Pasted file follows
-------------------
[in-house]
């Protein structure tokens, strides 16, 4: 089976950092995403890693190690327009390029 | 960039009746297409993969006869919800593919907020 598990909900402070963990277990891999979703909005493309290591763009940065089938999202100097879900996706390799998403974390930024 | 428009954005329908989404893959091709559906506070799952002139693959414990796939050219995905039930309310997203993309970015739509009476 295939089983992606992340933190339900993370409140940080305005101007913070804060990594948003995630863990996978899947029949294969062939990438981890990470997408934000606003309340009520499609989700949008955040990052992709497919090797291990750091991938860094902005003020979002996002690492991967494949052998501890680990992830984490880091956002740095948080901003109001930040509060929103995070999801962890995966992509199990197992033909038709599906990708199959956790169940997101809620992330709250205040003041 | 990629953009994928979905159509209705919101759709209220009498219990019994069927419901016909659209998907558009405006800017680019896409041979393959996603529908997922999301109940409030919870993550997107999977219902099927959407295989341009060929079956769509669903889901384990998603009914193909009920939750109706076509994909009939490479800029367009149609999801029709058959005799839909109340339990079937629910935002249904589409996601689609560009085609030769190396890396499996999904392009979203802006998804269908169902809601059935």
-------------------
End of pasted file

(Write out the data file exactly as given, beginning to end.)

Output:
[in-house]
């Protein structure tokens, strides 16, 4: 089976950092995403890693190690327009390029 | 960039009746297409993969006869919800593919907020 598990909900402070963990277990891999979703909005493309290591763009940065089938999202100097879900996706390799998403974390930024 | 428009954005329908989404893959091709559906506070799952002139693959414990796939050219995905039930309310997203993309970015739509009476 295939089983992606992340933190339900993370409140940080305005101007913070804060990594948003995630863990996978899947029949294969062939990438981890990470997408934000606003309340009520499609989700949008955040990052992709497919090797291990750091991938860094902005003020979002996002690492991967494949052998501890680990992830984490880091956002740095948080901003109001930040509060929103995070999801962890995966992509199990197992033909038709599906990708199959956790169940997101809620992330709250205040003041 | 990629953009994928979905159509209705919101759709209220009498219990019994069927419901016909659209998907558009405006800017680019896409041979393959996603529908997922999301109940409030919870993550997107999977219902099927959407295989341009060929079956769509669903889901384990998603009914193909009920939750109706076509994909009939490479800029367009149609999801029709058959005799839909109340339990079937629910935002249904589409996601689609560009085609030769190396890396499996999904392009979203802006998804269908169902809601059935």